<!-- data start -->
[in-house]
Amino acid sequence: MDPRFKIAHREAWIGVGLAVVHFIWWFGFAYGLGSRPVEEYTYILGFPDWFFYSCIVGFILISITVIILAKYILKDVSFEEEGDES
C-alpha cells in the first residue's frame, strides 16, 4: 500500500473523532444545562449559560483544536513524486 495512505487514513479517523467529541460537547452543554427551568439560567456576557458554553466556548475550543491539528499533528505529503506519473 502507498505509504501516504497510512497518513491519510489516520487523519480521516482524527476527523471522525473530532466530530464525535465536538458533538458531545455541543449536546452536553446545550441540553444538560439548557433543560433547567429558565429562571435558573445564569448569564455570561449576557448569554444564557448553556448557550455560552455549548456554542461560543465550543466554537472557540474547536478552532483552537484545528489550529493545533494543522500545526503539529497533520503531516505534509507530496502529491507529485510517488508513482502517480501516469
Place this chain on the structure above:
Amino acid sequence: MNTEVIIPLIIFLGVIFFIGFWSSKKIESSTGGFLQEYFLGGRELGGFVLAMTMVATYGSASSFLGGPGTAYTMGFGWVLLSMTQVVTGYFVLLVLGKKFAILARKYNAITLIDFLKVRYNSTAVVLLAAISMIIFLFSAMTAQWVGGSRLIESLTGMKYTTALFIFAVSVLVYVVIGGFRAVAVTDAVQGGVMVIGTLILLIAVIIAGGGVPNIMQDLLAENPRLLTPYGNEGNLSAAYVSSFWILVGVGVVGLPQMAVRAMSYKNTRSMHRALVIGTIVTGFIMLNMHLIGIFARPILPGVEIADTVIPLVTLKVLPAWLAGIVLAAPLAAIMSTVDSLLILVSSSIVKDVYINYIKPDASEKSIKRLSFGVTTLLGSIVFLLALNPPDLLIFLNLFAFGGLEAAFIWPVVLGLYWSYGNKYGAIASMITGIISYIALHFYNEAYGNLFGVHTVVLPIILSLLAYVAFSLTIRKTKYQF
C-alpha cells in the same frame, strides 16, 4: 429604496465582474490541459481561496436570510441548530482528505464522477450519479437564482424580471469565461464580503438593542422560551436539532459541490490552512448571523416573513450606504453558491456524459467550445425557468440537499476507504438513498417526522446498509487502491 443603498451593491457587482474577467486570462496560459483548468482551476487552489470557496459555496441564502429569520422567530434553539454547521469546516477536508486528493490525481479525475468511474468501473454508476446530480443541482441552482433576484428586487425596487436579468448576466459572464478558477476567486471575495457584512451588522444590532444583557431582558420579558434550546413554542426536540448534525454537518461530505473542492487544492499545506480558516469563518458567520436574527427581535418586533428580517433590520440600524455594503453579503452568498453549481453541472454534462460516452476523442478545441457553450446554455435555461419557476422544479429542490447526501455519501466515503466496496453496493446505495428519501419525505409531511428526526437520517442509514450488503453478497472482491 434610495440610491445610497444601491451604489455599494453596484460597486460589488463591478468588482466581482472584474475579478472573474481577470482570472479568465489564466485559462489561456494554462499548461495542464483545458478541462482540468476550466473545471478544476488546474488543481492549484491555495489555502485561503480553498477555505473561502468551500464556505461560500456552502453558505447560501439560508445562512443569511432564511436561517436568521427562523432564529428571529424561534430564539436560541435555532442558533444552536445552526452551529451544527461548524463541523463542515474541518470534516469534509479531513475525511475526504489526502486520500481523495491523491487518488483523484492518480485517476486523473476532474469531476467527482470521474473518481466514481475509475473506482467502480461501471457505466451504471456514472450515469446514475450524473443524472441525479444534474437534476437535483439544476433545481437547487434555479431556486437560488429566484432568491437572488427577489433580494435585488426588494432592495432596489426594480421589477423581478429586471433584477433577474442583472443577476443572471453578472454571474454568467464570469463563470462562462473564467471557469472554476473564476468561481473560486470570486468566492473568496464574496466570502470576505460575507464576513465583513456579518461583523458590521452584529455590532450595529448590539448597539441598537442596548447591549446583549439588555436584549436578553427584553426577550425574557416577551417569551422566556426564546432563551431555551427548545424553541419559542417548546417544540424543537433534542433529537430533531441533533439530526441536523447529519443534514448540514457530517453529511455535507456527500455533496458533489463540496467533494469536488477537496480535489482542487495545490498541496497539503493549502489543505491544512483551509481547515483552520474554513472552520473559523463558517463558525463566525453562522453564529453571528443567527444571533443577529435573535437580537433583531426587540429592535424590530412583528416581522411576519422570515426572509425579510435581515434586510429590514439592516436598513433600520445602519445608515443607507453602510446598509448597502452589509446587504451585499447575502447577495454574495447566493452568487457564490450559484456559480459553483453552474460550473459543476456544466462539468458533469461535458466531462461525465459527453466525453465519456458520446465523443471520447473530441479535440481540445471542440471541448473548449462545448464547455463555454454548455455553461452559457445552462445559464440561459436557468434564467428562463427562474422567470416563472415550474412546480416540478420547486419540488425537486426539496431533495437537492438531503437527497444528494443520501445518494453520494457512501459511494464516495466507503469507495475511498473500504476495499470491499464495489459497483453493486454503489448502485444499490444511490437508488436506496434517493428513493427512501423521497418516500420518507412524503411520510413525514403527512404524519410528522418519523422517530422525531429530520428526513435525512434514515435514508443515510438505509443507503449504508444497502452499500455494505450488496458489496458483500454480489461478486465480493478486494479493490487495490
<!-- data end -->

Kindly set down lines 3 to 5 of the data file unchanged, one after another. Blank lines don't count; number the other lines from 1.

C-alpha cells in the first residue's frame, strides 16, 4: 500500500473523532444545562449559560483544536513524486 495512505487514513479517523467529541460537547452543554427551568439560567456576557458554553466556548475550543491539528499533528505529503506519473 502507498505509504501516504497510512497518513491519510489516520487523519480521516482524527476527523471522525473530532466530530464525535465536538458533538458531545455541543449536546452536553446545550441540553444538560439548557433543560433547567429558565429562571435558573445564569448569564455570561449576557448569554444564557448553556448557550455560552455549548456554542461560543465550543466554537472557540474547536478552532483552537484545528489550529493545533494543522500545526503539529497533520503531516505534509507530496502529491507529485510517488508513482502517480501516469
Place this chain on the structure above:
Amino acid sequence: MNTEVIIPLIIFLGVIFFIGFWSSKKIESSTGGFLQEYFLGGRELGGFVLAMTMVATYGSASSFLGGPGTAYTMGFGWVLLSMTQVVTGYFVLLVLGKKFAILARKYNAITLIDFLKVRYNSTAVVLLAAISMIIFLFSAMTAQWVGGSRLIESLTGMKYTTALFIFAVSVLVYVVIGGFRAVAVTDAVQGGVMVIGTLILLIAVIIAGGGVPNIMQDLLAENPRLLTPYGNEGNLSAAYVSSFWILVGVGVVGLPQMAVRAMSYKNTRSMHRALVIGTIVTGFIMLNMHLIGIFARPILPGVEIADTVIPLVTLKVLPAWLAGIVLAAPLAAIMSTVDSLLILVSSSIVKDVYINYIKPDASEKSIKRLSFGVTTLLGSIVFLLALNPPDLLIFLNLFAFGGLEAAFIWPVVLGLYWSYGNKYGAIASMITGIISYIALHFYNEAYGNLFGVHTVVLPIILSLLAYVAFSLTIRKTKYQF